1. STATUS OF THE SOCIAL SECURITY AND MEDICARE PROGRAMS: Each year the Trustees of the Social Security and Medicare trust funds report on the current and projected financial status of the two programs. The following summarizes the 2012 Annual Reports. The long-run actuarial deficits of the Social Security and Medicare programs worsened in 2012, though in each case for different reasons. The actuarial deficit in the Medicare Hospital Insurance program increased primarily because the Trustees incorporated recommendations of the 2010-11 Medicare Technical Panel that long-run health cost growth rate assumptions be somewhat increased. The actuarial deficit in Social Security increased largely because of the incorporation of updated economic data and assumptions. Both Medicare and Social Security cannot sustain projected long-run program costs under currently scheduled financing, and legislative modifications are necessary to avoid disruptive consequences for beneficiaries and taxpayers. Lawmakers should not delay addressing the long-run financial challenges facing Social Security and Medicare. If they take action sooner rather than later, more options and more time will be available to phase in changes so that the public has adequate time to prepare. Earlier action will also help elected officials minimize adverse impacts on vulnerable populations, including lower-income workers and people already dependent on program benefits. Social Security and Medicare are the two largest federal programs, accounting for 36 percent of federal expenditures in fiscal year 2011. Both programs will experience cost growth substantially in excess of GDP growth in the coming decades due to aging of the population and, in the case of Medicare, growth in expenditures per beneficiary exceeding growth in per capita GDP. Through the mid-2030s, population aging caused by the large baby-boom generation entering retirement and lower-birth-rate generations entering employment will be the largest single factor causing costs to grow more rapidly than GDP. Thereafter, the primary factors will be population aging caused by increasing longevity and health care cost growth somewhat more rapid than GDP growth.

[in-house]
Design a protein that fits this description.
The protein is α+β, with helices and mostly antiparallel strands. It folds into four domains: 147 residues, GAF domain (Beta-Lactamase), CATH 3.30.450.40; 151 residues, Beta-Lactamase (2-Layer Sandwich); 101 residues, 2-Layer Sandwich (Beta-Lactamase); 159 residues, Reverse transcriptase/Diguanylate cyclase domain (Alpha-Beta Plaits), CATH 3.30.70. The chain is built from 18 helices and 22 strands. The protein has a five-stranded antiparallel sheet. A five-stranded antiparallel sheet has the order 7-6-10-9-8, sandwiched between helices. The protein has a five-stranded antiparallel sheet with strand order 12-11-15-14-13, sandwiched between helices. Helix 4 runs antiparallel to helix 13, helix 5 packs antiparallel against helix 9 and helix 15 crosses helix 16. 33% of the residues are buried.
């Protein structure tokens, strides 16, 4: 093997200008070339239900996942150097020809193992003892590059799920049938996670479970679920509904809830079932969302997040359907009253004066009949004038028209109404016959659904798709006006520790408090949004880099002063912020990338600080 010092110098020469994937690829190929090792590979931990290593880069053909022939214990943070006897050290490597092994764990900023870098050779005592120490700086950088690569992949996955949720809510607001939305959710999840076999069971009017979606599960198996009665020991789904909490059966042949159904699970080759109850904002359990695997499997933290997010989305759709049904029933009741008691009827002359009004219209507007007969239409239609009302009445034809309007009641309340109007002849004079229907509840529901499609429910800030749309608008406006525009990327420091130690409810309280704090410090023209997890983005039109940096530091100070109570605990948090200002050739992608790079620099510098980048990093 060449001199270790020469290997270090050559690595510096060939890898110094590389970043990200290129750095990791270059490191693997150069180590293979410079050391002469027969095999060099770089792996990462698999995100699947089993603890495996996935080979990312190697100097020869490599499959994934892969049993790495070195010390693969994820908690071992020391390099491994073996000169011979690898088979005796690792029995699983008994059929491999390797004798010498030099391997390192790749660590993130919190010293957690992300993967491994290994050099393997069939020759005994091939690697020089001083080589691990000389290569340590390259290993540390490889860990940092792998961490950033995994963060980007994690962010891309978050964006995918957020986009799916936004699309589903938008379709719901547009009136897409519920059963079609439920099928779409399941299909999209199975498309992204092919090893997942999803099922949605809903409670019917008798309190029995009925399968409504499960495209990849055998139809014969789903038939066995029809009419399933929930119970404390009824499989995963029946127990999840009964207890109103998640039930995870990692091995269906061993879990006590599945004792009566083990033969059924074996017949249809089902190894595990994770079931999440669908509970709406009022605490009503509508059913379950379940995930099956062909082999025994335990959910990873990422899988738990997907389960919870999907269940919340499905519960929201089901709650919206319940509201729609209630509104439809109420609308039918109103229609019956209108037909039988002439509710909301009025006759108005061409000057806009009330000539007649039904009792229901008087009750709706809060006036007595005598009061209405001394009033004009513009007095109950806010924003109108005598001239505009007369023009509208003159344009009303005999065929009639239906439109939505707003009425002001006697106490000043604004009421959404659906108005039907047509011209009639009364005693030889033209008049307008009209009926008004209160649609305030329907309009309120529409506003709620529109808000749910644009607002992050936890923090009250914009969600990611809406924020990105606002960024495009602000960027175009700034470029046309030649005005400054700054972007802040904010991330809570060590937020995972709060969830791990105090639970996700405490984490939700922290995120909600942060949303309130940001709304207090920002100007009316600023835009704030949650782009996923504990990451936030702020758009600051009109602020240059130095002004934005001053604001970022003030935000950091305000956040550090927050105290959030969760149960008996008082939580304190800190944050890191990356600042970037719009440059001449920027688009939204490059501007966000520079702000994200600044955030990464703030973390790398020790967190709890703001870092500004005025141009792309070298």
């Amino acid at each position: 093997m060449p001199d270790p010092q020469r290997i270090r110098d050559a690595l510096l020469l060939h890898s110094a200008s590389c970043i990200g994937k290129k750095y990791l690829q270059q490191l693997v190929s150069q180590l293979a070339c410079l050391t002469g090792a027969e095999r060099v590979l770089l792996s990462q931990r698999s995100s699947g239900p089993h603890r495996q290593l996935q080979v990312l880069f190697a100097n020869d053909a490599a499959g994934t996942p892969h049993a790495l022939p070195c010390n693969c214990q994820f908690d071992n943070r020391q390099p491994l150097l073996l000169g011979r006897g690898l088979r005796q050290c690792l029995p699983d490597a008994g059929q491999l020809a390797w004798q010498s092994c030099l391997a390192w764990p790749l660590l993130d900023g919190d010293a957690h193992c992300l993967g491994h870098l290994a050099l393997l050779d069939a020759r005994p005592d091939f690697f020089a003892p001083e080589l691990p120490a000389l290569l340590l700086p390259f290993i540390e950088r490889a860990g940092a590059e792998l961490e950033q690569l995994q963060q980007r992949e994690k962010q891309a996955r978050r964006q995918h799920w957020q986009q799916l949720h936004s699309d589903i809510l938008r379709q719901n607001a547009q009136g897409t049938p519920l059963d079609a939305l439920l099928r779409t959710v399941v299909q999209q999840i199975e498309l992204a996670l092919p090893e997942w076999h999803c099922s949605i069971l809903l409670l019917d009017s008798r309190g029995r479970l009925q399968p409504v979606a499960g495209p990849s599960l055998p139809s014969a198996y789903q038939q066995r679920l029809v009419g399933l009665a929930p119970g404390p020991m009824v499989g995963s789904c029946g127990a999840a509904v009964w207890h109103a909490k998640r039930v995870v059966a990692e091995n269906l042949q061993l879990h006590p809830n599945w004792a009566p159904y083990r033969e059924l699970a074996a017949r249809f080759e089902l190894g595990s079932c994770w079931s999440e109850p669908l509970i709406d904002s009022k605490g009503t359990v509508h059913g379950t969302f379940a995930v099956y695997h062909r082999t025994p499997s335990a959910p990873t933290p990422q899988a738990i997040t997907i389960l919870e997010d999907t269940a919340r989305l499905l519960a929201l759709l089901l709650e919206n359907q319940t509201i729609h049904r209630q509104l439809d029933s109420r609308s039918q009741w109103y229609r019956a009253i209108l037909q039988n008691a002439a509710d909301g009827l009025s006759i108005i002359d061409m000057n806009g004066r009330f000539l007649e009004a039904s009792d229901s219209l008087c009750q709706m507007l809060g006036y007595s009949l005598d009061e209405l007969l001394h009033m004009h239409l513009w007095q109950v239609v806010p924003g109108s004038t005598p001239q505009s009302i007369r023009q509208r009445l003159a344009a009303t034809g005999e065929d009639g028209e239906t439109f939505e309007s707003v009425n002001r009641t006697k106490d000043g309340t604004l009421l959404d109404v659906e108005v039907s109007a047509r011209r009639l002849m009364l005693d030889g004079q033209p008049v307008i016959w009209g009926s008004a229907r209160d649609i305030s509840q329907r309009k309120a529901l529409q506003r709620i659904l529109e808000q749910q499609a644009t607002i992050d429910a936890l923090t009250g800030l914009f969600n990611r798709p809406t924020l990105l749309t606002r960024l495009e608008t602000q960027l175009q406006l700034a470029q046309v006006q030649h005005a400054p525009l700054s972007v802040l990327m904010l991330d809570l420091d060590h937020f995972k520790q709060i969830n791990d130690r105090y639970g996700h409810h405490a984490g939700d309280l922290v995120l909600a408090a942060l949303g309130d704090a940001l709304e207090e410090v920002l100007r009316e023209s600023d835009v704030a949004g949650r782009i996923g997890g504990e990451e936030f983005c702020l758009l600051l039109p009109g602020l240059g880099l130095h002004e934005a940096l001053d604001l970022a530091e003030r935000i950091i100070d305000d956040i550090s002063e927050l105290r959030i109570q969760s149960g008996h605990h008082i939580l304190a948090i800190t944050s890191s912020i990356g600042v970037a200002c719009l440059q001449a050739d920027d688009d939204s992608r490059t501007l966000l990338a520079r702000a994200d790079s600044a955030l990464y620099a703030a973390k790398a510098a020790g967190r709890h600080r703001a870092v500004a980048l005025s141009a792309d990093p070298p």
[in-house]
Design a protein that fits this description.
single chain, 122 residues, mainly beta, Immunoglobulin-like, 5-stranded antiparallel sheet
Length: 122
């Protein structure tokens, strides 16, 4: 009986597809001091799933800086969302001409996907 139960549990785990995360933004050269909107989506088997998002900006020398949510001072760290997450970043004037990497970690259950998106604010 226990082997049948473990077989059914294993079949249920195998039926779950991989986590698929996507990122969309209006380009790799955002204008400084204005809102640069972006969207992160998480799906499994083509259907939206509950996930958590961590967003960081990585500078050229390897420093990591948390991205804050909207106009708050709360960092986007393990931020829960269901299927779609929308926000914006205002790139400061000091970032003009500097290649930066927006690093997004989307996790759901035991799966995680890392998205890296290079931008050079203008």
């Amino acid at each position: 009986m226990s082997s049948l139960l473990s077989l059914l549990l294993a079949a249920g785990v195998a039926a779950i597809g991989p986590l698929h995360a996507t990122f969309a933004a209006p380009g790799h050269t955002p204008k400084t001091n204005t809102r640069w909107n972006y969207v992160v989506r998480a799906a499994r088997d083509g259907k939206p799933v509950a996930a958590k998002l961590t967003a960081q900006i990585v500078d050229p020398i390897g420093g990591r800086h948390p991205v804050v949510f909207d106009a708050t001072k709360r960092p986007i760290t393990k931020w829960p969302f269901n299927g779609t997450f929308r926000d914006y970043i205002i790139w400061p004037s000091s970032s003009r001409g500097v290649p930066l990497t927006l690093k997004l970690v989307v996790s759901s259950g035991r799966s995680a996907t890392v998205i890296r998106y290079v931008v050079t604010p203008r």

Social Security’s expenditures exceeded non-interest income in 2010 and 2011, the first such occurrences since 1983, and the Trustees estimate that these expenditures will remain greater than non-interest income throughout the 75-year projection period. The deficit of non-interest income relative to expenditures was about $49 billion in 2010 and $45 billion in 2011, and the Trustees project that it will average about $66 billion between 2012 and 2018 before rising steeply as the economy slows after the recovery is complete and the number of beneficiaries continues to grow at a substantially faster rate than the number of covered workers. Redemption of trust fund assets from the General Fund of the Treasury will provide the resources needed to offset the annual cash-flow deficits. Since these redemptions will be less than interest earnings through 2020, nominal trust fund balances will continue to grow. The trust fund ratio, which indicates the number of years of program cost that could be financed solely with current trust fund reserves, peaked in 2008, declined through 2011, and is expected to decline further in future years. After 2020, Treasury will redeem trust fund assets in amounts that exceed interest earnings until exhaustion of trust fund reserves in 2033, three years earlier than projected last year. Thereafter, tax income would be sufficient to pay only about three-quarters of scheduled benefits through 2086.